I was relaxing in the paneled lounge of my men’s club. Heads of lions and rhinos and other big game kills hung on the walls and cigar smoke-filled the air. I sat in my leather wing-back, surrounded by other men in their smoking jackets, while tuxedoed waiters brought us martinis and scotch and sodas on silver trays.
“I think we should start calling married men Mistero, and keep Mister for unmarried men,” I said to fill a lull in the conversation.
One man playing billiards missed the cue ball. Another man did a spit take with his bourbon and water. A third put down his copy of the Wall Street Journal to stare blankly at me. One of our oldest members tapped his pipe into his ashtray and said, “That’s the stupidest thing I ever heard.”
“But then how will we be able to tell which of us is married, and which isn’t?” I asked.
“My good sir, he said, it doesn’t really matter.” And with that, we moved on to other more important topics, like whether or not the price
of oil would continue to increase, and who’s favorite football team would lose the most players to concussions this season.
This exchange is ludicrous of course, for no other reason than that sort of men’s club only exists in old mystery novels and BBC period dramas. Most of us are lucky to get away for a half hour to share a beer in the neighbor’s garage. It’s also ridiculous to feel the need to distinguish married men from unmarried ones through titles, but that’s exactly what we’ve done to women for centuries.
The practice of using Mrs. and Miss has gone by the wayside in most workplaces. People rarely address each other by their last names, and when they do, such as in formal letters, Ms. is commonly used. Not only is it more universal, it prevents someone from having to guess at what salutation is appropriate. Still, there is one place that Mrs. and Miss (and Mr.) is still in regular use, and that’s in the classroom. Students are taught to address their female teachers by their last name using the salutation of Mrs. or Miss. This is mind-bogglingly old fashioned, disrespects the teachers and sends the wrong message to children.
Mrs. and Miss were not always used to signify whether or not a woman was married (you can read more on this history here – add link). They both derive from the term Mistress. While today, this generally refers to someone who is having an affair with a married man, in the 18th century, it could also refer to a woman who was in charge in some way or who had a specific set of skills.
Later, of course, it made it easier to determine who should be discriminated against. It was considered shameful for a married woman to work, especially if she had children. I once saw a movie from the 1940’s, the title of which is escapes me, in which a boss explained it this way:
When a man asks a woman to marry him, it is expected that he be able to earn enough to support them both. The woman should then stop working outside the home, so as to create a job opening for a man who needs the job.
My mother worked as a registered nurse while raising six children. A lot of people looked down on this. What they did not understand is that my father had a bad heart valve due to rheumatic fever, and wasn’t expected to live past the age of thirty. If he died, she would have no way to support the family.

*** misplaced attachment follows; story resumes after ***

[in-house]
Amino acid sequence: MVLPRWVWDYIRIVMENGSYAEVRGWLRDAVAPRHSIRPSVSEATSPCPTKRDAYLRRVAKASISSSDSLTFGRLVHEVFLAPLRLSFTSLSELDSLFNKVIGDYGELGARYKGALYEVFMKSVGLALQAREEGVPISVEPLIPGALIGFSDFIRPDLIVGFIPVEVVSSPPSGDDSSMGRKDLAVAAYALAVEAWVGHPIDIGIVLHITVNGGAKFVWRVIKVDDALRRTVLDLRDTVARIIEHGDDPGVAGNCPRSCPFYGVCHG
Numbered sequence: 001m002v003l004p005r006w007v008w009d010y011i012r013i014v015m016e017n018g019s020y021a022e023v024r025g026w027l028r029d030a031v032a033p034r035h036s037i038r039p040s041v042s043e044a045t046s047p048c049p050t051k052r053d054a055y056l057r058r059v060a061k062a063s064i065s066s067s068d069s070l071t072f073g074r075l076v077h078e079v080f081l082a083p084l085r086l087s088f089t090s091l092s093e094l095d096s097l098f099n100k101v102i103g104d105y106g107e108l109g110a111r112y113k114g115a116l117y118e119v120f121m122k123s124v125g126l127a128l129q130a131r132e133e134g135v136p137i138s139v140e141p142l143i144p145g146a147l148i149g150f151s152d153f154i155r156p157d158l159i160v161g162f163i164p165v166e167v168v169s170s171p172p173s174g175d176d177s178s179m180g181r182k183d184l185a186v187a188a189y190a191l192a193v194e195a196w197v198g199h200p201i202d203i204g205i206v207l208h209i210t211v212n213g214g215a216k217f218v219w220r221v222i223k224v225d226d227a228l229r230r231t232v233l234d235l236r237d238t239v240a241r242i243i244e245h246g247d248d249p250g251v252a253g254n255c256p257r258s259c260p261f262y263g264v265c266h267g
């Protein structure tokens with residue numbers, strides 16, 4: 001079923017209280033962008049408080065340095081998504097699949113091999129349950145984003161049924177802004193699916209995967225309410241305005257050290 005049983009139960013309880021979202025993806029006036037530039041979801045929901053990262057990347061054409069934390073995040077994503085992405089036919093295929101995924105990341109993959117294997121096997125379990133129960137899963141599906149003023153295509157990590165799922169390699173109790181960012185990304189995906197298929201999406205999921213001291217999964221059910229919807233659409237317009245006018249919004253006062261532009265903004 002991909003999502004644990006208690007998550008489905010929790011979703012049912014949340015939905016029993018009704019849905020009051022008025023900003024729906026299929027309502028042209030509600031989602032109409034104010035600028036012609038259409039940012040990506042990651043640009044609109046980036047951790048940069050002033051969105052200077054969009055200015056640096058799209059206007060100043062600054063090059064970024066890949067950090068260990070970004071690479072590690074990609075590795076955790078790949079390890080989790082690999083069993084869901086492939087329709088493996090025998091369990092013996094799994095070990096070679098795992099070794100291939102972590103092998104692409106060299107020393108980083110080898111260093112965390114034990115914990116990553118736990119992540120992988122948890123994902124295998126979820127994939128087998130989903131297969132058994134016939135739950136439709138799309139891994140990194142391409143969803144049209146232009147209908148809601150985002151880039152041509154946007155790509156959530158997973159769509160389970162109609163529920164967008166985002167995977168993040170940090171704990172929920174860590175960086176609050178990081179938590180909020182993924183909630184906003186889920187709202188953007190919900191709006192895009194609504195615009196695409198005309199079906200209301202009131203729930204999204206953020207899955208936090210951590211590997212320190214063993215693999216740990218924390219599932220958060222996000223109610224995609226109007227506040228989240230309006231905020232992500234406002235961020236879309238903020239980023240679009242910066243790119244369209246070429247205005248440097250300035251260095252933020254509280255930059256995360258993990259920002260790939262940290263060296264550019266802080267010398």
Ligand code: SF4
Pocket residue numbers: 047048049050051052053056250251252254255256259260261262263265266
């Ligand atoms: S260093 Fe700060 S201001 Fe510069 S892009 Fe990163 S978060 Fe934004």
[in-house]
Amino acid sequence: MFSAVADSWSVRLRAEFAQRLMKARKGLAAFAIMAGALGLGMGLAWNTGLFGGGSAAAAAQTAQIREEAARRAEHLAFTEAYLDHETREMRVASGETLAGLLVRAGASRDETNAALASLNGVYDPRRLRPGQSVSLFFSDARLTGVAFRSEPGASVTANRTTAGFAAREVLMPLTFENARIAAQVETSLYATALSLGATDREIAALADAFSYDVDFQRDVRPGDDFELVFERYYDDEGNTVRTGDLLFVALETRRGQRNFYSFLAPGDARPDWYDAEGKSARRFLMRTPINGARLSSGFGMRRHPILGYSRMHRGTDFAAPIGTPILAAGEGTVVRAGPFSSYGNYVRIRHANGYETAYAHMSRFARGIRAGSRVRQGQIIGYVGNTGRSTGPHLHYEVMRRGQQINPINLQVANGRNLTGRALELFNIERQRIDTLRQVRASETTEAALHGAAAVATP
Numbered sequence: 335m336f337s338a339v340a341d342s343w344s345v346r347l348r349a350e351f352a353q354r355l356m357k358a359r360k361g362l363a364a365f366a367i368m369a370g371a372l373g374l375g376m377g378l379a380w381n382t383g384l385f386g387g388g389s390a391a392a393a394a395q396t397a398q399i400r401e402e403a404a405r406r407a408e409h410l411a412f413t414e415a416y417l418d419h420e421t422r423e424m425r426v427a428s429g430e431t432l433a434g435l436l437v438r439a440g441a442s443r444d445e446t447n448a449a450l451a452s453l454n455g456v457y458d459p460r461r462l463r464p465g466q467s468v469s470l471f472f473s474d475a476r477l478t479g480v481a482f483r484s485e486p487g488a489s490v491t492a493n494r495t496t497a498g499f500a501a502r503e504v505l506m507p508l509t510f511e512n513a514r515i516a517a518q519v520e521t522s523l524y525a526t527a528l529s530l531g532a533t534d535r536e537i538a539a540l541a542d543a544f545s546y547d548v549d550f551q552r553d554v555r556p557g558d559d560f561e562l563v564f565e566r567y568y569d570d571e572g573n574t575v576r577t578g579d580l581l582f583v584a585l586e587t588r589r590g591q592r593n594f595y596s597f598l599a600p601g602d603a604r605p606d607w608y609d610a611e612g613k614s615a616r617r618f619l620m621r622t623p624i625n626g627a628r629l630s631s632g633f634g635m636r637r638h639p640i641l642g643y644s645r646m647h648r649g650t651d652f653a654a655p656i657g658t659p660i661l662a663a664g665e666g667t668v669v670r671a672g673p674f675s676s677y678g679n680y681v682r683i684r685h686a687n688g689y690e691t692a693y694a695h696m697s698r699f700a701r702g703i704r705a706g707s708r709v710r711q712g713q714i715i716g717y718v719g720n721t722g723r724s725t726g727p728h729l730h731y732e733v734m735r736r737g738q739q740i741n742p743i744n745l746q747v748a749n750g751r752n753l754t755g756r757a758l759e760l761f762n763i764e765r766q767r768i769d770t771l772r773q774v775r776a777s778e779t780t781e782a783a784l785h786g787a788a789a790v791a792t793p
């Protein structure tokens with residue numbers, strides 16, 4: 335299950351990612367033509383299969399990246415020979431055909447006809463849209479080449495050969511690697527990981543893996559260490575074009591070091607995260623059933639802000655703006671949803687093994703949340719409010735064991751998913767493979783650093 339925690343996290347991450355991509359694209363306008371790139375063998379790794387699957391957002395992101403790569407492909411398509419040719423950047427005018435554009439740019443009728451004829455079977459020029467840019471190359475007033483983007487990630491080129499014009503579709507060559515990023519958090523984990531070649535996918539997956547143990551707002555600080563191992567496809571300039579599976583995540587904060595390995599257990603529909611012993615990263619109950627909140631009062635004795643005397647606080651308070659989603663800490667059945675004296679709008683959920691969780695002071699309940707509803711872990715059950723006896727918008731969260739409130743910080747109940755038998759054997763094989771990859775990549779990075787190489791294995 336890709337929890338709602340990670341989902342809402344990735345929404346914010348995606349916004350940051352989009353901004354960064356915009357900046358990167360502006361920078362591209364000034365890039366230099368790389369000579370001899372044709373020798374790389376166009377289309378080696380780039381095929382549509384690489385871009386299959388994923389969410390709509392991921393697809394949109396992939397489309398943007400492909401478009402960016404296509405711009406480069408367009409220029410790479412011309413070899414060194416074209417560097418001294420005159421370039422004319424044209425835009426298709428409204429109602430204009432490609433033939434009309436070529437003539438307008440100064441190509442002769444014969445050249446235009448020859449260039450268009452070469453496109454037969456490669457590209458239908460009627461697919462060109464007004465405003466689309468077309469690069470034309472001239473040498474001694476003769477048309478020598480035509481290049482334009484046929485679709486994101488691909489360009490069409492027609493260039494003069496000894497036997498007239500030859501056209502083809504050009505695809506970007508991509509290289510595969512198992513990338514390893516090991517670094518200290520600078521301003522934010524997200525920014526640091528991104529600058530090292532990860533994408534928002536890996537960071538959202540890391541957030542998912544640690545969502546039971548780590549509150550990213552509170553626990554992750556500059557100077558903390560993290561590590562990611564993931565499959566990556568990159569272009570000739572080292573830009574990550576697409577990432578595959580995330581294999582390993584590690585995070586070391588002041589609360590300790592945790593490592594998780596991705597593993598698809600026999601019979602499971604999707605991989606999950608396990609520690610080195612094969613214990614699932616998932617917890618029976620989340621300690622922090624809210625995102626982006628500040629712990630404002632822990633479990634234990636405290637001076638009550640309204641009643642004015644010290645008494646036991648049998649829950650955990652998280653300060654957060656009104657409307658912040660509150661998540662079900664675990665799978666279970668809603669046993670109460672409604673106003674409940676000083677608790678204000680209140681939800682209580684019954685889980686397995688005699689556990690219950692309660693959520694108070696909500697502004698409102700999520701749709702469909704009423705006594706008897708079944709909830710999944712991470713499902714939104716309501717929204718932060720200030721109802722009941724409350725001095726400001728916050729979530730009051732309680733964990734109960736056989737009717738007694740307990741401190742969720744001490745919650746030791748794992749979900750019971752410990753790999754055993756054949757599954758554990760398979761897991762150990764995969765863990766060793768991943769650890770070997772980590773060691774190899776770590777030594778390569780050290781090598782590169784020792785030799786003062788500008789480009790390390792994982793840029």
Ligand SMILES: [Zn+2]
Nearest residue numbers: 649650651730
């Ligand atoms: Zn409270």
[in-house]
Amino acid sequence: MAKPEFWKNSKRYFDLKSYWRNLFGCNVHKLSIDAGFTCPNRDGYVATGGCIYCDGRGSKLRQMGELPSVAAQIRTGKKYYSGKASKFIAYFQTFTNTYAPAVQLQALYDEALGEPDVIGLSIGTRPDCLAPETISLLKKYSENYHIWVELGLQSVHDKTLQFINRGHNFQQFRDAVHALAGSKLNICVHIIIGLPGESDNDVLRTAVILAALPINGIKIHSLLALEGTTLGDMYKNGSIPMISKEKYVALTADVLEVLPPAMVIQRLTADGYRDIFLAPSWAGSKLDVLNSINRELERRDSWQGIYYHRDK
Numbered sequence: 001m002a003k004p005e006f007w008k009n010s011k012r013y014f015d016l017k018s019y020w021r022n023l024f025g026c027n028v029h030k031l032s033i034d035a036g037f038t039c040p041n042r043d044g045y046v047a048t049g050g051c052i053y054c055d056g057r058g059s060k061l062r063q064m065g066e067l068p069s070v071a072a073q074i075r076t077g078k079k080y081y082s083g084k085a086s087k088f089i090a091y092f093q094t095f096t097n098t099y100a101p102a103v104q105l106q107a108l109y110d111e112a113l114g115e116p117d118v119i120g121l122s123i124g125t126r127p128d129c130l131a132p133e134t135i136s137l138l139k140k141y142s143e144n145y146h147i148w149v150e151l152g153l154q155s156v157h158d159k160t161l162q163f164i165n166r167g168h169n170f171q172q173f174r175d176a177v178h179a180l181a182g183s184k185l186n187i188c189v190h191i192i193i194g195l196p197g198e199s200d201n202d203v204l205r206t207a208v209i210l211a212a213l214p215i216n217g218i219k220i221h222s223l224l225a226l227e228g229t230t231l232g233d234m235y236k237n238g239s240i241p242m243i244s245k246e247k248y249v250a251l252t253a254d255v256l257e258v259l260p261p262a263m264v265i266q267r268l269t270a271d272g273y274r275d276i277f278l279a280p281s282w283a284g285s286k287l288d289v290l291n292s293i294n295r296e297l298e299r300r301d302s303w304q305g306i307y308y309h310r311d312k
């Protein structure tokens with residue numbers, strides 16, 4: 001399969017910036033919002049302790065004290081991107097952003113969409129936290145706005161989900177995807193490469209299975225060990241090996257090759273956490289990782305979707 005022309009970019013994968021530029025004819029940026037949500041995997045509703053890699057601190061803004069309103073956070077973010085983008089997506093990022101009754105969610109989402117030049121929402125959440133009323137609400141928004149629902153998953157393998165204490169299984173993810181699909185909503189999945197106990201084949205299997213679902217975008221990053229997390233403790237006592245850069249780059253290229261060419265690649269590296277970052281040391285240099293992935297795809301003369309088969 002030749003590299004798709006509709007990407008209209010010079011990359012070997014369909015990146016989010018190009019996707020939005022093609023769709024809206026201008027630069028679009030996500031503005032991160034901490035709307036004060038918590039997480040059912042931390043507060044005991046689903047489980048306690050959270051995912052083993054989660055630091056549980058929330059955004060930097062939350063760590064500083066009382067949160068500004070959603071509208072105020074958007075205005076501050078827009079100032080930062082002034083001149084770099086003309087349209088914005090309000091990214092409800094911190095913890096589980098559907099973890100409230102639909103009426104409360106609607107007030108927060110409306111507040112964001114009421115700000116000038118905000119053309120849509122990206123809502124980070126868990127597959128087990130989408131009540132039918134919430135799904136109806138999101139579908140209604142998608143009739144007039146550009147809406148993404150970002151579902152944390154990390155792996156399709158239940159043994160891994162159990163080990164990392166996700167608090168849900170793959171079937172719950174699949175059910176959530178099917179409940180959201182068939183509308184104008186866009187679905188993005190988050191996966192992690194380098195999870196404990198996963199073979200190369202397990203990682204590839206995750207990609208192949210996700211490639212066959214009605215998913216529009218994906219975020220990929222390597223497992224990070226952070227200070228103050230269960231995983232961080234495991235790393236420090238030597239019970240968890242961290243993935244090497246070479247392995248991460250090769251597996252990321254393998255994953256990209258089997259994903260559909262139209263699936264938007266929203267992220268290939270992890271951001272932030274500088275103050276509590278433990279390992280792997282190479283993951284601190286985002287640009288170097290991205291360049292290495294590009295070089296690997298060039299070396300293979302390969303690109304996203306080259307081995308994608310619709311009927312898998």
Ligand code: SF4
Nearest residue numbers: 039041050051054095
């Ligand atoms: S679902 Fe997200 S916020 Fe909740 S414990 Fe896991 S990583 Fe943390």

As it turned out, developments in open heart surgery allowed my father to receive an artificial valve and live to the age of 79. Still, my parents were able to pay off their house early, put six children through college and have a comfortable retirement.
I also don’t think my mother would have been fulfilled as a stay at home mom. Working as a nurse might have had its frustrations, but it also gave her a certain amount of self-worth and money of her own. While this may be right for some, it wasn’t right for her.
It does not matter whether a teacher is married or not, no more than it mattered for my mother all those years ago. It says nothing about the person’s skills as an educator. Yet we still use Mrs. and Miss, and in doing so teach our children that this distinction is somehow important, and needs to be highlighted.
Now, before you go saying this is just a bunch of politically correct mumbo-jumbo, let me remind you that the term politically correct was invented by people who didn’t wanted to demean the idea that people should be spoken to and about in a respectful manner, and that terms that somehow degraded races, genders, ethnicities, etc. have no place in civilized society. It isn’t politically correct, it’s just plain correct.
Perhaps we need a new way of addressing all teachers. After all, attorneys use Esquire. People who have done nothing more than bury themselves in libraries, developing theses around the poetry of Lord Byron that no one will ever read or care about call themselves doctor. Being an educator takes much more skill, training, experience and dedication than what most people have. If you don’t believe me, spend a day in a classroom and find out. I would personally keep my quiet little office in place of a room full of unruly eight year-olds you have to mold, shape or at least contain for several hours a day. So how about if we stop calling them Misses and Miss like they just walked out of some 1950’s sit-com and provide them with some title befitting of the respect they deserve.
I’m not sure what this would be, but Hero springs to mind.